V. Evaluating volcanic hazards  

V.3 Modeling volcanic hazards

Leah Courtland, University of Indianapolis; courtlandl@uindy.edu
Mark Bebbington, Massey University; m.bebbington@massey.ac.nz
Laura Sandri, INGV; laura.sandri@ingv.it
Sylvain Charbonnier, University of South Florida; sylvain@usf.edu
Jorge Bajo, University at Buffalo; jvbajo@buffalo.edu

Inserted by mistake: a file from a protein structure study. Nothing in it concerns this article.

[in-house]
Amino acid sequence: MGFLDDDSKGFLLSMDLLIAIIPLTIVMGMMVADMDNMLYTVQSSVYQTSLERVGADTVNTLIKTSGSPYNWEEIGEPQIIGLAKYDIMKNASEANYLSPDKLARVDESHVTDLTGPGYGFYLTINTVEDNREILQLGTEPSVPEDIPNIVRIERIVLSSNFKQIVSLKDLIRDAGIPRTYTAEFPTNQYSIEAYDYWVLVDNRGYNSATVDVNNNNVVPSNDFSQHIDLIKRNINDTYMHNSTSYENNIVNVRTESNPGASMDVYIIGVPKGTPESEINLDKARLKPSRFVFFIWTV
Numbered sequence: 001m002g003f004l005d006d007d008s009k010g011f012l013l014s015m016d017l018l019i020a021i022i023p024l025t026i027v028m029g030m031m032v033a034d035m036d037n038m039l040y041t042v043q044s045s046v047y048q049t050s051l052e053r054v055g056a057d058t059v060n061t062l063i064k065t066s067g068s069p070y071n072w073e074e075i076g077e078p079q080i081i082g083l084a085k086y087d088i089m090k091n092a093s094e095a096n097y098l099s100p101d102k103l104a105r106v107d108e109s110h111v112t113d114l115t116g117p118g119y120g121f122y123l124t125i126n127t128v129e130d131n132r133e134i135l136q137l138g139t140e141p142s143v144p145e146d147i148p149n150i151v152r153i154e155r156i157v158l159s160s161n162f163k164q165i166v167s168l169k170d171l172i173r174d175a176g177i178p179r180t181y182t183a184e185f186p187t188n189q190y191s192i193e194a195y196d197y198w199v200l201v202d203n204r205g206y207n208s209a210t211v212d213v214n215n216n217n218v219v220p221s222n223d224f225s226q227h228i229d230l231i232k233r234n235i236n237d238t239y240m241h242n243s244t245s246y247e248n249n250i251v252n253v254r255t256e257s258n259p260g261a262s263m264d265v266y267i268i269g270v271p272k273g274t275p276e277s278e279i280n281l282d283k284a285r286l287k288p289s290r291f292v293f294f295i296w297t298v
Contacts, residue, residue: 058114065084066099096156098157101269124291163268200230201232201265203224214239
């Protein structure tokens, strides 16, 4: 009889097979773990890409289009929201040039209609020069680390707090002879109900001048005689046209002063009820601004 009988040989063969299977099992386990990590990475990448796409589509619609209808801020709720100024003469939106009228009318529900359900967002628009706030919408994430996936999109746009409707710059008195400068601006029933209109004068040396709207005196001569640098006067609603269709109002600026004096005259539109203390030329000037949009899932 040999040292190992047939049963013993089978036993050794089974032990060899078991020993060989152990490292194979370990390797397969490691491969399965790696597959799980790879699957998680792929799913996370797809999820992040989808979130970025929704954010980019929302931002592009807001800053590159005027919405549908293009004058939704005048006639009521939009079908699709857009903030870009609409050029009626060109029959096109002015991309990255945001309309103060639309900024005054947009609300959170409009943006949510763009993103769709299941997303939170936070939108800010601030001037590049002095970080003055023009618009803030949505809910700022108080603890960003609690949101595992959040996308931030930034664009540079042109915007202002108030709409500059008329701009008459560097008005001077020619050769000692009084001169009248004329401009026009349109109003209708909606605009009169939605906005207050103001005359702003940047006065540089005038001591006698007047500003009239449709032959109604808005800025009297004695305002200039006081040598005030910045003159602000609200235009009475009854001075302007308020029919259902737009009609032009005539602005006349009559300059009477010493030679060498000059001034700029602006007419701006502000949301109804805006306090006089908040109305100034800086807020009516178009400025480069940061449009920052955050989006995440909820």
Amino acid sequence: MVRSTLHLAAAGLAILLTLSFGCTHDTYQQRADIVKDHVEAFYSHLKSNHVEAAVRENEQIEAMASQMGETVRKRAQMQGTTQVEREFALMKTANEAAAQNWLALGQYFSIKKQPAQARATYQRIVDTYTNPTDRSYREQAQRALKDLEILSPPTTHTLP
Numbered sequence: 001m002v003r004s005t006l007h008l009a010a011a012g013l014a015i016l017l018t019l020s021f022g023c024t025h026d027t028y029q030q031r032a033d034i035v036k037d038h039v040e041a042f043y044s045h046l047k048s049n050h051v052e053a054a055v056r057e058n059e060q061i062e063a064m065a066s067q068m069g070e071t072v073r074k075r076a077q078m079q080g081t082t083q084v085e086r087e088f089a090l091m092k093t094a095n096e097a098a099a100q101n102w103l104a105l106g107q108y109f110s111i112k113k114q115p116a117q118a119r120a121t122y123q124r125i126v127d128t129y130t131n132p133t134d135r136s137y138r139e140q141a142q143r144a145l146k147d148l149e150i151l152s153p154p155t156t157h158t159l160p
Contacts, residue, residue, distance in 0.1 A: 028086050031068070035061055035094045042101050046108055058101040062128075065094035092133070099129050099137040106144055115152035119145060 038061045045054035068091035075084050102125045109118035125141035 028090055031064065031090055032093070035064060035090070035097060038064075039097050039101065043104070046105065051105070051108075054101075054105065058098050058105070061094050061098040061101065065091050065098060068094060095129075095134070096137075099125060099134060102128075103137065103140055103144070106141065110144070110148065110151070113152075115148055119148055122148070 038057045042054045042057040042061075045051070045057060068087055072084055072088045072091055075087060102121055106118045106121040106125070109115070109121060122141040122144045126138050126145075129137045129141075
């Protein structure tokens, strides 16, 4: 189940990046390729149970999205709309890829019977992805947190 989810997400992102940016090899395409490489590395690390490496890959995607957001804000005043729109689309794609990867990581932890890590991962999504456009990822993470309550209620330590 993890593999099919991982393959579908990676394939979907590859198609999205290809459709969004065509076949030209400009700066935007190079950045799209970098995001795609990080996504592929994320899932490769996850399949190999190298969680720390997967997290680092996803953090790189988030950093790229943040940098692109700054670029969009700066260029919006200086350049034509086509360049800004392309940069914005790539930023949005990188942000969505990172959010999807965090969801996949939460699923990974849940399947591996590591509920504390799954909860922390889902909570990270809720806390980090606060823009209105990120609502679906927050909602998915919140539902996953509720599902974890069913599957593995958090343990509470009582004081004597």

Volcanic hazards, including lava flows, lahars, debris avalanches, pyroclastic density currents, ash/tephra fall, ballistics, toxic gases and volcanogenic tsunamis, pose a threat to communities on and near volcanoes all around the world. An important component to understanding the behavior of the physical processes that act during a volcanic eruption is the development and implementation of accurate and usable models. In this session, we welcome a wide range of contributions related to the modeling of these hazards, including (but not limited to) probabilistic, statistical, numerical, theoretical, and analogue models. Each of these strategies, as well as their combinations, has the capacity to shed light on (i) the underlying volcanological processes that result in various styles of eruption, (ii) the probability that a hazardous event occurs, (iii) the probable location and scale of impacts from one or more hazards, and (iv) quantifying hazard and providing information for risk management and land-use planning. Contributions that rely on field data and/or remote sensing tools to verify or compare different models of volcanic hazards are especially encouraged, as are new methods for improved calculation, and methodologies that might be applicable to more than one type of hazard.